Abort.

Author’s Note: This story, though not complete, has a slight plot arc… and in a way, it stands on its own. At some point, I may add on, or not. We’ll see. Whatever the case, I hope you enjoy this little snippet. And feel free to think of where the story might go next. I rightly don’t know for certain. Have fun. 


 

“Abort mission.” The voice whispers through our headsets. “Stanton slipped.” I swallow. That meant he had to blow. Mission control pushed the button. We need to get out of here. 

“Okay.” My voice steps in, cutting through mission control’s orders. “We’re leaving. I’ll take Barto and Jarv down the surge tunnels. Del, get yourself out by the air jumps. We’ll meet up at the flight center.” My teammates nod, and Delta confirms over the radio. Barto and Jarv adjust everything on their bodies, setting rifles in place to run, and loosening pistols letting them get comfortable. But not too comfortable.

Barto sets himself by the doorway, watching outside.

Mission control is speaking again. “Alpha, follow my orders. You are not to take the surge tunnels, make a spearhead and hit the air jumps. It’s more direct, but you’ll have to fight your way out.” Ha! The words hit a barrier I’ve put over my mind. I know where we are, I’m the one here, I make the calls.

“Nope, we’re slipping out.”

“Alpha, your team is now a diversion. In three minutes we’re opening the encryption to your radios. Start moving, hit while you can. Team two will take over and finish the mission.”

“We’d die.”

“Orders.”

“Denied.” My hand flicks up and jerks the wires from my chest rig. Okay then. Jarv watches me, his hand hovers over the wires. I nod, and he rips them out. Barto turns from the doorway. His eyes flicker from the radio sets to us.

“You can’t step off the grid.” His hand slips down to his pistol. His eyes set and his head tilts forward, testing me. “Not without permission from Control.”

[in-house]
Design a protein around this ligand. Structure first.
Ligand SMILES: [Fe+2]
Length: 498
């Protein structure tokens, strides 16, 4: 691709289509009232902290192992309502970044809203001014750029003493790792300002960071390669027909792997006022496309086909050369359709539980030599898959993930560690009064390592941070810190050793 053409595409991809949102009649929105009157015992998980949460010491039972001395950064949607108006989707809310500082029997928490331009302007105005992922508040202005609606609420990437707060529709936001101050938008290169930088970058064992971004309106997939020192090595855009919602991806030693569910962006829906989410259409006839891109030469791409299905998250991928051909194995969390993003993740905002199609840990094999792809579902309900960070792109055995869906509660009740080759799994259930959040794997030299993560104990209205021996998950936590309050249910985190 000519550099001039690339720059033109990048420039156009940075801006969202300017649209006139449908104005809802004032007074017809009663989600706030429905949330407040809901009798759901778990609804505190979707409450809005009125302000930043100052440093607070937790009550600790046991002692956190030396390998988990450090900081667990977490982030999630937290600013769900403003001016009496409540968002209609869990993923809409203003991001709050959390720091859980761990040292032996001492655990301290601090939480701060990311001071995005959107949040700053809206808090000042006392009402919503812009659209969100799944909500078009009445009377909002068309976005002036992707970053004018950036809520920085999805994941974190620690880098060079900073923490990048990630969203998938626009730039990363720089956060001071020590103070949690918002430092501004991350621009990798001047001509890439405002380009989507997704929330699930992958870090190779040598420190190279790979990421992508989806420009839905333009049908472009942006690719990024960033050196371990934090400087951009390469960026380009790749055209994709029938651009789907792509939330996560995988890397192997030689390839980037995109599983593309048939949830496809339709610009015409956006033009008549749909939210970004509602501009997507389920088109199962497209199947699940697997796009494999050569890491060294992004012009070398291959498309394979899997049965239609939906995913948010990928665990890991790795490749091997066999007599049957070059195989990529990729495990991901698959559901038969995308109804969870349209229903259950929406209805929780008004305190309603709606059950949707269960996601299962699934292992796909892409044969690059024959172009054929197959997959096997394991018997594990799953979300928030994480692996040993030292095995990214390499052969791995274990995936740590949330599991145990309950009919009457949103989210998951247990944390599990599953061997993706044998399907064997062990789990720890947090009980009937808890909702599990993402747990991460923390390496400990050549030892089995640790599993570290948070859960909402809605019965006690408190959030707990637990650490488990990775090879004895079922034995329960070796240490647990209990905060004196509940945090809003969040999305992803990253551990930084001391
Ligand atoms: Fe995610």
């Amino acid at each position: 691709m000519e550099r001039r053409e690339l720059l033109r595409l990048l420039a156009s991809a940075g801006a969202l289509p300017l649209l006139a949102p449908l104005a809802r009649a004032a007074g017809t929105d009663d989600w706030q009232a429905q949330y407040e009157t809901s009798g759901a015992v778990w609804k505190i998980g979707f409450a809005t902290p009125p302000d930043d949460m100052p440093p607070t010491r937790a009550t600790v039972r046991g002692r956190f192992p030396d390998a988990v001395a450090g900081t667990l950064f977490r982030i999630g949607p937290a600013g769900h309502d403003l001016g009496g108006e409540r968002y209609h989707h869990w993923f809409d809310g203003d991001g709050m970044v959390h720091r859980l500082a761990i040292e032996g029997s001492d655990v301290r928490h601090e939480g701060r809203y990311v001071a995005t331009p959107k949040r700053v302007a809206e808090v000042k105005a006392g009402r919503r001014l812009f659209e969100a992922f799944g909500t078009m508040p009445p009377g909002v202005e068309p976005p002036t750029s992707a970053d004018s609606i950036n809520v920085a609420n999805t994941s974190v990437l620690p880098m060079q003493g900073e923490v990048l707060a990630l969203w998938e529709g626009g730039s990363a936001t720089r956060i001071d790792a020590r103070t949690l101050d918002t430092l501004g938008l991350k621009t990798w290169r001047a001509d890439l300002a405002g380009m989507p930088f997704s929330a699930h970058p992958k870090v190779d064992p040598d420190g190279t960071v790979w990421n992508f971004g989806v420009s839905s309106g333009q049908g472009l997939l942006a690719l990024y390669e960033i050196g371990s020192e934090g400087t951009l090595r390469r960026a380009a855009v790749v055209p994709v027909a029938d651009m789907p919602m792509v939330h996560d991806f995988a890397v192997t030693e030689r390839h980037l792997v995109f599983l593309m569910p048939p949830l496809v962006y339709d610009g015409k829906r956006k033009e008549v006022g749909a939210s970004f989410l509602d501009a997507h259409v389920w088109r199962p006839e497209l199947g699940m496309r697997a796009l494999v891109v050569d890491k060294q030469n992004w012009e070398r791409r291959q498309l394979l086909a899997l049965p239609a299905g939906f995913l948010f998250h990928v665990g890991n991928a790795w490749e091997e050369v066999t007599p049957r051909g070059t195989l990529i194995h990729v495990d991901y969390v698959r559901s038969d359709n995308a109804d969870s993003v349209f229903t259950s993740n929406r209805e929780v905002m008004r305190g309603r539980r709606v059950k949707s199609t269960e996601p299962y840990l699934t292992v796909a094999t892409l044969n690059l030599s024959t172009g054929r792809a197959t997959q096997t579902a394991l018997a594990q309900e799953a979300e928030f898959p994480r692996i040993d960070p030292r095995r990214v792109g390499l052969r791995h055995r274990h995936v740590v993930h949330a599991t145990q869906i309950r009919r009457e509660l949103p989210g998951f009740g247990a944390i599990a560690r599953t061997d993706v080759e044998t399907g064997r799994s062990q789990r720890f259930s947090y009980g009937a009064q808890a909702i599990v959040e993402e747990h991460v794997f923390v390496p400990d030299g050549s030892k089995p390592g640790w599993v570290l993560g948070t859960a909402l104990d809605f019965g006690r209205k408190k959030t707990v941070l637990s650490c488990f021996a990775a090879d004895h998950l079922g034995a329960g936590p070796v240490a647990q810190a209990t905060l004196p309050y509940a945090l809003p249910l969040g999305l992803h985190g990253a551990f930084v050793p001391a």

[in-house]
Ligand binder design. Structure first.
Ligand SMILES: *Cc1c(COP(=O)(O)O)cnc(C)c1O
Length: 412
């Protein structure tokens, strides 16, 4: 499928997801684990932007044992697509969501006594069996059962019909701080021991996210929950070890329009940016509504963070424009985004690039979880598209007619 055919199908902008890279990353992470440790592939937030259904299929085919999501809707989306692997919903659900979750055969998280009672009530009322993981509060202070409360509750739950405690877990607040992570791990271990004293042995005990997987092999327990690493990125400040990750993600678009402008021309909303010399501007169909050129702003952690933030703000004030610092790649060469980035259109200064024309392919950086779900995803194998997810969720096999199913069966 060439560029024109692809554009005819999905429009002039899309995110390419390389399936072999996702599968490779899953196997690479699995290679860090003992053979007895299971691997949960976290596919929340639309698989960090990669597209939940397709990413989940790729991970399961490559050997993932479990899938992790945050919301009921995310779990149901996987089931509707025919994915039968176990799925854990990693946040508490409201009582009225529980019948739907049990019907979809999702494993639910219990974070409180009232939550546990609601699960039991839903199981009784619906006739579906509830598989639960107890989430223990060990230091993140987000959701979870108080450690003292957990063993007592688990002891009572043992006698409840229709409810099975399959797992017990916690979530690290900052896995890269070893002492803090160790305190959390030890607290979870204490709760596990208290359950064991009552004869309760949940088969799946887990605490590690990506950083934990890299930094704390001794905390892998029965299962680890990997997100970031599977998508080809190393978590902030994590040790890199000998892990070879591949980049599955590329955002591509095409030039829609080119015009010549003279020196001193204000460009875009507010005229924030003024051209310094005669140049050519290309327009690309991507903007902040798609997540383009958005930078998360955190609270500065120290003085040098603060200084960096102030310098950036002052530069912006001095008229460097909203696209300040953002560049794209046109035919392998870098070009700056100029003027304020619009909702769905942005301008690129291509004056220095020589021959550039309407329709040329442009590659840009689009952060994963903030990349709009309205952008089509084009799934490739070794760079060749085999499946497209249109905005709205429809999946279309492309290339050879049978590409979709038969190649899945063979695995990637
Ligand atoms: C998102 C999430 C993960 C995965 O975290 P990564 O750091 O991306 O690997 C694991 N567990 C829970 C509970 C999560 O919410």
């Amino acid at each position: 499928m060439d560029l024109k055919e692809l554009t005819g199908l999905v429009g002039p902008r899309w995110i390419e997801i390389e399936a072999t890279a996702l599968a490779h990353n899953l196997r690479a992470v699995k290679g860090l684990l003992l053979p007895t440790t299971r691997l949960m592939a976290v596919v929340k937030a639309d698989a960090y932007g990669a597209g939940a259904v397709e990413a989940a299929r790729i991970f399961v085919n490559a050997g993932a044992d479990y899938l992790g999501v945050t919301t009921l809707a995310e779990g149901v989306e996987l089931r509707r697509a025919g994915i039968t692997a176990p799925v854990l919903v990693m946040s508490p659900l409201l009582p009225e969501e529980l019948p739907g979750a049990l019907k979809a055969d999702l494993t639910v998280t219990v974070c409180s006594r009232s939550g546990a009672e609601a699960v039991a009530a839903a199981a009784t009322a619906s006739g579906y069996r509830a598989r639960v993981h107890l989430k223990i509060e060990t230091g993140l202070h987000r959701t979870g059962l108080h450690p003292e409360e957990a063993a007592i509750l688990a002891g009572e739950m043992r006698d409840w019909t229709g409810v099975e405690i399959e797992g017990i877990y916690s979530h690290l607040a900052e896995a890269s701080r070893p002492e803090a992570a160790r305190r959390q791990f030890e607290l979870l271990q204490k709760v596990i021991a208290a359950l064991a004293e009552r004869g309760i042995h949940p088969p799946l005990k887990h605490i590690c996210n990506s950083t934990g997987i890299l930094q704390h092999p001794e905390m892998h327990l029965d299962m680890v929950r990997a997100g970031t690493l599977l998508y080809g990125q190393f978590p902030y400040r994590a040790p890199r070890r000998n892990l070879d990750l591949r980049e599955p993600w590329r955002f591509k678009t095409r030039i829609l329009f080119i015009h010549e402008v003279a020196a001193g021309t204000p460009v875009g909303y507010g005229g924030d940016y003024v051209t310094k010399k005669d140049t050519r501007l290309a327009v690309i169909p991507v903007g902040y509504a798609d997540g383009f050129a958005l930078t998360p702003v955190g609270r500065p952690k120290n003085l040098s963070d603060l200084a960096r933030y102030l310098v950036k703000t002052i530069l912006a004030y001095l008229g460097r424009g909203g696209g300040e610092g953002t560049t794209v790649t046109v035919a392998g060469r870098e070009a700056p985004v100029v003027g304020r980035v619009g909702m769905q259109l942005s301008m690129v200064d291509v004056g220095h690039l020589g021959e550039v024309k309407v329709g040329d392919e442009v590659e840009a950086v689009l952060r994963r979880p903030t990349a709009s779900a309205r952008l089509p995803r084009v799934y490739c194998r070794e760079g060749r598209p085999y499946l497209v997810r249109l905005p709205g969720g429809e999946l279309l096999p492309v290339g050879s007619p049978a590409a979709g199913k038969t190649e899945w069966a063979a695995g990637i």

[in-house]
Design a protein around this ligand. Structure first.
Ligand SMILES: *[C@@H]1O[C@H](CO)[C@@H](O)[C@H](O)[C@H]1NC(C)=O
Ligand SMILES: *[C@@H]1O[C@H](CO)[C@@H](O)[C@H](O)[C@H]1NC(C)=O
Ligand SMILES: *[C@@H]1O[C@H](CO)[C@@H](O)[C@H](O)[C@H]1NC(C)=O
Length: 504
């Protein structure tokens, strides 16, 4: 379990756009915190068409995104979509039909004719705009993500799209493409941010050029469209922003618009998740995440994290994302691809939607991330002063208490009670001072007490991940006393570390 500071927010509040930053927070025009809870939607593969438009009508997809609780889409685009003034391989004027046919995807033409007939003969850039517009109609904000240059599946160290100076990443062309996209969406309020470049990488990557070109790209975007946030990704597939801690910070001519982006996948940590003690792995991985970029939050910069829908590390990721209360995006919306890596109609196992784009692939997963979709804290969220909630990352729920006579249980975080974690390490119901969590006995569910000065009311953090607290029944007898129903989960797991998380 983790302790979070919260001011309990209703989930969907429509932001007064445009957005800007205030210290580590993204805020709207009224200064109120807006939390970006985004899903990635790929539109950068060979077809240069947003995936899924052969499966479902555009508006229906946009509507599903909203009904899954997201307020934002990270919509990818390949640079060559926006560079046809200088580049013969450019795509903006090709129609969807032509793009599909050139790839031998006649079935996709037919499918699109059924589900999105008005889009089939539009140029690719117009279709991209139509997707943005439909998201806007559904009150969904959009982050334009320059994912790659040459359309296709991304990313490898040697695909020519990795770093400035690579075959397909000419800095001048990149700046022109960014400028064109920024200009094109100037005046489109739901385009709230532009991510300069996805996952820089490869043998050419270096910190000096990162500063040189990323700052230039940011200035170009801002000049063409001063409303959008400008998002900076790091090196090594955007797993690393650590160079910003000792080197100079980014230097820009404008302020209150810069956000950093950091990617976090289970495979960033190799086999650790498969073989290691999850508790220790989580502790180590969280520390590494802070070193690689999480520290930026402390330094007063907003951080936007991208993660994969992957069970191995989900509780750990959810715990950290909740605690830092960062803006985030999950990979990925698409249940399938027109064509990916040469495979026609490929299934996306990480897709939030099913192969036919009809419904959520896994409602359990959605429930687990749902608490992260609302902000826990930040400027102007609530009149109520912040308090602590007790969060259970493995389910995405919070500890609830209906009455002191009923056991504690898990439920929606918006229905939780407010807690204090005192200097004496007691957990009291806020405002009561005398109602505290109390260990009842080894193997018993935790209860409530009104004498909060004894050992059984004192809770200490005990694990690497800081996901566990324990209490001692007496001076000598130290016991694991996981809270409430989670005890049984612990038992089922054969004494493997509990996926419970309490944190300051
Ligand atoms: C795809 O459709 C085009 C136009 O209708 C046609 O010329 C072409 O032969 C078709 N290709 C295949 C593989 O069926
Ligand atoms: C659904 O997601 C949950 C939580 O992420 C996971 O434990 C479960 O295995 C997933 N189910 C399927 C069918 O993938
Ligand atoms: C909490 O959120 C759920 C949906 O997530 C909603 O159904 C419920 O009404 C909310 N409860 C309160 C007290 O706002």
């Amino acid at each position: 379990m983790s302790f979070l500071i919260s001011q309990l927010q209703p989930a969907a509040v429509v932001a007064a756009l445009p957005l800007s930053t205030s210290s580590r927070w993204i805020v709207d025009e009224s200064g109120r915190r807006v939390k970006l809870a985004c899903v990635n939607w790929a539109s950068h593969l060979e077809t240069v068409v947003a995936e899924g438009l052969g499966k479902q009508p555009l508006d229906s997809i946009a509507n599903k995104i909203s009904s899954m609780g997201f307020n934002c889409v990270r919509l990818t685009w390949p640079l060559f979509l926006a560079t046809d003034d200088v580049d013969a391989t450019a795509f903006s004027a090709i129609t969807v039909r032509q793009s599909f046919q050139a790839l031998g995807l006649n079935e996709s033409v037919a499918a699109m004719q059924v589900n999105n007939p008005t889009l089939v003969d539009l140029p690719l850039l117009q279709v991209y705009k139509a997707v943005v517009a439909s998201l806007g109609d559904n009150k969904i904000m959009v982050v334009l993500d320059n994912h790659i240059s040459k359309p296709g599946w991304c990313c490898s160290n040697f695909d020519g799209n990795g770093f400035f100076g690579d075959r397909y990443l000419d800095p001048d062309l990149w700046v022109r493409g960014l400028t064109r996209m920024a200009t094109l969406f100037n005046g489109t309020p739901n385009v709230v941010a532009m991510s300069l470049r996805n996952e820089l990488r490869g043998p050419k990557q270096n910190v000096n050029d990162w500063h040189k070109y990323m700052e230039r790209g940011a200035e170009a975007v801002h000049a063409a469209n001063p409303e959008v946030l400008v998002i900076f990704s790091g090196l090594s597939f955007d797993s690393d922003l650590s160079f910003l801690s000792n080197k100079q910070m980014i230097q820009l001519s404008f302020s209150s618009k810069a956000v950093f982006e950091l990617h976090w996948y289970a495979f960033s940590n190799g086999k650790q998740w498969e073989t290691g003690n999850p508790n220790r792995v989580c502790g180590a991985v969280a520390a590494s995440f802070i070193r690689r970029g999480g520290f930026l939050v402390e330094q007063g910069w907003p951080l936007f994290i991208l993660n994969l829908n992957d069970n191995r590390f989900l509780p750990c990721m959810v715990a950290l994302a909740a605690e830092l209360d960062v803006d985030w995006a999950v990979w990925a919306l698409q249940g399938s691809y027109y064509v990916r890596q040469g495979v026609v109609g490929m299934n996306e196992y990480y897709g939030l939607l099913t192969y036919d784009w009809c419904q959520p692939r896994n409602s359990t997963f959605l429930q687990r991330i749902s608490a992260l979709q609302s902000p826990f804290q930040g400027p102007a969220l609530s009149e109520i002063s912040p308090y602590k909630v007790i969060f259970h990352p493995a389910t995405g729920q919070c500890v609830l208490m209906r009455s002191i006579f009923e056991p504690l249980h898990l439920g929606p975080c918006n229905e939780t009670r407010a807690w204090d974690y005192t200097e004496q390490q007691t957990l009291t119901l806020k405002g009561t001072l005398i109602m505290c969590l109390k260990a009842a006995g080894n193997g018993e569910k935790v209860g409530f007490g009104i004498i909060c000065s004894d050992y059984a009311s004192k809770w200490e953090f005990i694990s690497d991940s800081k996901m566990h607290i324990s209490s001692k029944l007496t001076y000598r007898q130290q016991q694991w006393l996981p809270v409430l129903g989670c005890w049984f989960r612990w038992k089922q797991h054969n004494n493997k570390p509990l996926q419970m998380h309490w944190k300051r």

I lock my one eye with two of his but my mouth speaks into the silent-comm on my wrist. “Del. Turn off your comms, all of them. Then hit the air jumps like a hammer. Do it fast, get to the flight center, and take off. Distract. Get out alive.”

“Copy.”

A click resounds, one all of us hear. Delta is off the grid. Now, before we’re terminated…

The extra weight of my battery pack slides off my vest as I unhook the harness. Jarv is one step ahead of me, throwing his batteries into an empty little room in the small house. It lands with a thud felt all the way under our feet. Rickety floor. Mine follows suit as I turn back to the front door.

“Barto, it’s time, make your choice.” The words leave my mouth, staring at Barto, waiting for his reaction. “You can be loyal, but it’ll take you to the grave.”

Barto nods. He bows his head and rips the wires of his headset out. He pulls the comms set from his vest and drops the battery pack.

Sorry. Actually, not at all. I spin and draw my pistol. It fires and the bullet whispers away, striking Barto’s head with no reluctance. He drops. No sound but a thud.

I turn to Jarv. He nods. He knew that was coming the moment the Barto contradicted.

“You ready Alpha?” He asks, ready. Loyal Jarvis, gets things done. I like him.

My head nods and my pistol settles into its holster. I pull a strap, snugging the rifle tighter against my back. “Let’s go.”